A landscape artist is ditching the dirt for some more formal paintings in a new series titled “100 Zoom Portraits.”
What started out as 300 screenshots of Zoom interviews from her favorite newscasts, has since transformed into a declaration of the times.
“I started because I can only watch the news on my phone, the bigger screens are too much," painter Megan Williamson says. "I could cover what I didn’t want to look at while watching. It was during lockdown, it was intense. But we suddenly got to look in each other's homes and I found comfort in that. So I started taking screen captures. I had never worked from photographs before, but there was something there.”
As someone who has never painted portraits, Williamson never expected to complete 100 of them.
“One day I walked in [to my studio] and there were about 20 on the wall and I said, ‘my friends are here,” she said.
Without realizing, she’d developed a routine that gave her solace and comfort during a time of uncertainty.
“In a way I feel like I was partnered with these people,” Williamson says. “When I was painting from the photographs, and I have multiple, I felt like I was climbing into their homes. I’d start noticing things when painting that I didn't notice when I did the screen capture. I can’t remember everyone's name, but I can tell you everything about what’s in their room and what they're wearing.”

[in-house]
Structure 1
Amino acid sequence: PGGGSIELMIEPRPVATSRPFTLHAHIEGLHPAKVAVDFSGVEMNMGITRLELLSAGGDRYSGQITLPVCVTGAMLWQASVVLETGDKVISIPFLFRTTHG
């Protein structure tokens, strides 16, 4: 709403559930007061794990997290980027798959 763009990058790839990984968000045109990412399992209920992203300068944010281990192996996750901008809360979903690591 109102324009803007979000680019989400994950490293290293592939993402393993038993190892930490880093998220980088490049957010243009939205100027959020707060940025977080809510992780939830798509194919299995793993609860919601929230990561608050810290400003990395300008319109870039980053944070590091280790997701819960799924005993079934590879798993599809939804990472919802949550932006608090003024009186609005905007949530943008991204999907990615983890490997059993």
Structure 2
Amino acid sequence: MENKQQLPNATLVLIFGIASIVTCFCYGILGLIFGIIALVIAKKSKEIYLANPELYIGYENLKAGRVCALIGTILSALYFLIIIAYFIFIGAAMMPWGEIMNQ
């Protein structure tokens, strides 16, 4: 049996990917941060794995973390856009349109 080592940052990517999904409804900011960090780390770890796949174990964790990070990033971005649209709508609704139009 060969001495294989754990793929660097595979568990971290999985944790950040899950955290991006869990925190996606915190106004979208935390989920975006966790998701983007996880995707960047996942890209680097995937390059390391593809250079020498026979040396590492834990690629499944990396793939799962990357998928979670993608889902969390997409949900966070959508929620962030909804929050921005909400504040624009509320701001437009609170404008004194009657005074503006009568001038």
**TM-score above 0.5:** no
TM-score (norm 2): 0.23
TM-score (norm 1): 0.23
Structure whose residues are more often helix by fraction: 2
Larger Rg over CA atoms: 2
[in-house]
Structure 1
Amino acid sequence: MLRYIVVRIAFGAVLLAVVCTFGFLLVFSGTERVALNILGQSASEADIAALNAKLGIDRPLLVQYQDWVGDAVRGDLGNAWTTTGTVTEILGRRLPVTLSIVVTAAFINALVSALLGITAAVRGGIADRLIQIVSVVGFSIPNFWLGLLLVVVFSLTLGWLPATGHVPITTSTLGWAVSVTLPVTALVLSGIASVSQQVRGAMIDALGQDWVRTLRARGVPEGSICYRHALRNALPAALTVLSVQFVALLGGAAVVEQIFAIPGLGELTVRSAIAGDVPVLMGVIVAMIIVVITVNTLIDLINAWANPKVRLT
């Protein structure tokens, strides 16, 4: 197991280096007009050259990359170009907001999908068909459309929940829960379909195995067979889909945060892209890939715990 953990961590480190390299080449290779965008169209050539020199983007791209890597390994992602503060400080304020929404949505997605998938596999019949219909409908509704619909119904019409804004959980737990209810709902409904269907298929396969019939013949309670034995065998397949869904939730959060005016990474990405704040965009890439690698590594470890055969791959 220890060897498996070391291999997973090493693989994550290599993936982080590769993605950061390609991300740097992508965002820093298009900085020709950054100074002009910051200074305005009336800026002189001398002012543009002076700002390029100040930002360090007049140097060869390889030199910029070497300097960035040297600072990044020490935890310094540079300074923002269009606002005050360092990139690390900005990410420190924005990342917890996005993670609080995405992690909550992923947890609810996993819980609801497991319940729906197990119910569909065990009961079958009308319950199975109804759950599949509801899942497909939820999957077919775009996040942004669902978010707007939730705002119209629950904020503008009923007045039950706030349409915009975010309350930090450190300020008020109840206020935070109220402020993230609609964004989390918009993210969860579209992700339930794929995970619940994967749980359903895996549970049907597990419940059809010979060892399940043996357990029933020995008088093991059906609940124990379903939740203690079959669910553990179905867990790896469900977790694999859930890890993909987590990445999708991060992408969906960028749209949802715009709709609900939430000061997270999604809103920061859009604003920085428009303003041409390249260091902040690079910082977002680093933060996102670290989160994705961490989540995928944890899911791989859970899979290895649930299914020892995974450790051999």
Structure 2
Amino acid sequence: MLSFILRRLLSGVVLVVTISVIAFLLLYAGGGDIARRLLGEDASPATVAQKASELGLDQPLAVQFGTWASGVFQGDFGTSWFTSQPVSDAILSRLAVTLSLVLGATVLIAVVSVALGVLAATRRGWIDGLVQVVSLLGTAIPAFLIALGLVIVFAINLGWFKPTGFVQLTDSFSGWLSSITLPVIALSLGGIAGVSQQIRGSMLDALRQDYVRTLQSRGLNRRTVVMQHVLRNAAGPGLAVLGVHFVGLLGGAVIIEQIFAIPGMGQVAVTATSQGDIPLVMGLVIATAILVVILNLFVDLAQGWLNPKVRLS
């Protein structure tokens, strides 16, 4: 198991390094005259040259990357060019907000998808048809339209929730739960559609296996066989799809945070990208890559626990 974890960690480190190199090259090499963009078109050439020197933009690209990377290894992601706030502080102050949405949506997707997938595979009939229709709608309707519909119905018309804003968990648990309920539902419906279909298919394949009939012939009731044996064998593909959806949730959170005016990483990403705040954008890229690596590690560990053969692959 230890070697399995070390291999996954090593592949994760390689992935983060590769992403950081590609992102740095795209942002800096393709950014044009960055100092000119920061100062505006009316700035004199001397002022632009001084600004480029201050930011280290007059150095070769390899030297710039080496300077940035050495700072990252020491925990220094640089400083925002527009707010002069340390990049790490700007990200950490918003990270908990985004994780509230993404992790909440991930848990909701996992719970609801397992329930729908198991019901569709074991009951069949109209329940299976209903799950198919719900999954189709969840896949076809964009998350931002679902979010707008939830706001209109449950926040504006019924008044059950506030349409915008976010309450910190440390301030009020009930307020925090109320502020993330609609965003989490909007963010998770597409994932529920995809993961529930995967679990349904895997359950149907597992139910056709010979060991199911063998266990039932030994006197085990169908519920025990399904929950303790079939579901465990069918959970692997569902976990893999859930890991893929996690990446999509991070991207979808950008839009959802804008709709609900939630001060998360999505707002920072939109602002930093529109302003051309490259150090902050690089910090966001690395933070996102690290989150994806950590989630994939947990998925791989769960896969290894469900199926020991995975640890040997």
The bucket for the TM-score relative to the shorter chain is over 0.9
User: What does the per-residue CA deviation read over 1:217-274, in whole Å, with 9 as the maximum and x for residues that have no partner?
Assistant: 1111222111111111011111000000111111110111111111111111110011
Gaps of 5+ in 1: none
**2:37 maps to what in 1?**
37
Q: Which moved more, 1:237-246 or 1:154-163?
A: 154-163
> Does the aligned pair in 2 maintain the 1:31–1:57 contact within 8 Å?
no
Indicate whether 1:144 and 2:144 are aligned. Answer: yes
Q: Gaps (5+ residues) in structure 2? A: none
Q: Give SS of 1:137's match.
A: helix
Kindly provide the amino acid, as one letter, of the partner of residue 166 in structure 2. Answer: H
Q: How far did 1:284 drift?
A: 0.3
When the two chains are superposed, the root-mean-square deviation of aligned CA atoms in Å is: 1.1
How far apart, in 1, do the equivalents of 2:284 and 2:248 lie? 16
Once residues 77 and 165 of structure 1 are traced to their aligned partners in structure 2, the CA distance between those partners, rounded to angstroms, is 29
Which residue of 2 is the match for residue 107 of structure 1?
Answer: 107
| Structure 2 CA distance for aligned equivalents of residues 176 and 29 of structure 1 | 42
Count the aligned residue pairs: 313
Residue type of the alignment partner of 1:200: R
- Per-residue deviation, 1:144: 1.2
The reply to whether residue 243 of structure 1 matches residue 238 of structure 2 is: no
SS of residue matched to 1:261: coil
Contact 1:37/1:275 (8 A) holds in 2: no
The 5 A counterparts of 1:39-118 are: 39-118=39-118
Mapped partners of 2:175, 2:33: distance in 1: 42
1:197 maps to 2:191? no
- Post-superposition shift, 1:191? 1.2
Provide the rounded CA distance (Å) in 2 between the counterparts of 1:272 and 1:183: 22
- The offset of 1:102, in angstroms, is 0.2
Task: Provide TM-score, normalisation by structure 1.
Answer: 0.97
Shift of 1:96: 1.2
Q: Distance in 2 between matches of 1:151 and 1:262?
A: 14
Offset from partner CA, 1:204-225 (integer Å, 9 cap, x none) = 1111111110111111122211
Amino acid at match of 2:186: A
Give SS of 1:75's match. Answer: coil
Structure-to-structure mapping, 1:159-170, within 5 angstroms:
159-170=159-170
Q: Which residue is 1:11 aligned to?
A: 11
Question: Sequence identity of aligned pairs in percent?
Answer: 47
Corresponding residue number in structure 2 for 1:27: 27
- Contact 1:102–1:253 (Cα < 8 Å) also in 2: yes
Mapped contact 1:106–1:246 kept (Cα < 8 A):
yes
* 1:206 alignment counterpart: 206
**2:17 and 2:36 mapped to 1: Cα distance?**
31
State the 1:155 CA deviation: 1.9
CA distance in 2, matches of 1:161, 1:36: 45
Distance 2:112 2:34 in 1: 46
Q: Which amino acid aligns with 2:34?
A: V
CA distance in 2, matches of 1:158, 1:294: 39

From February to May, Williamson made one portrait a day. She recreated living rooms across the country and even a few guests seen on “Chicago Tonight.” Despite growing in popularity, Williamson does not intend to offer them as individual portraits.
“I think of this as one piece. The 100 pieces are one," Williamson said.
It's about a communal connection.
“To see them all together, I hope is the best Zoom call you’ve ever been on,” Williamson said. "It's about our shared humanity. We're all looking into these screens. That’s why we're here. To make connections. The look that I choose to paint is, they've just spoken or are listening. I thought. We're all doing so much yelling and not listening. This is just a moment of being present. And to see 100 people be present is really happy. It’s a hopeful series.”
Williamson plans to have “100 Zoom Portraits” debuted in newsrooms across the country.
Visit Williamson’s website to see close ups of the portraits.
Follow Angel Idowu on Twitter: @angelidowu3
Angel Idowu is the JCS Fund of the DuPage Foundation Arts Correspondent.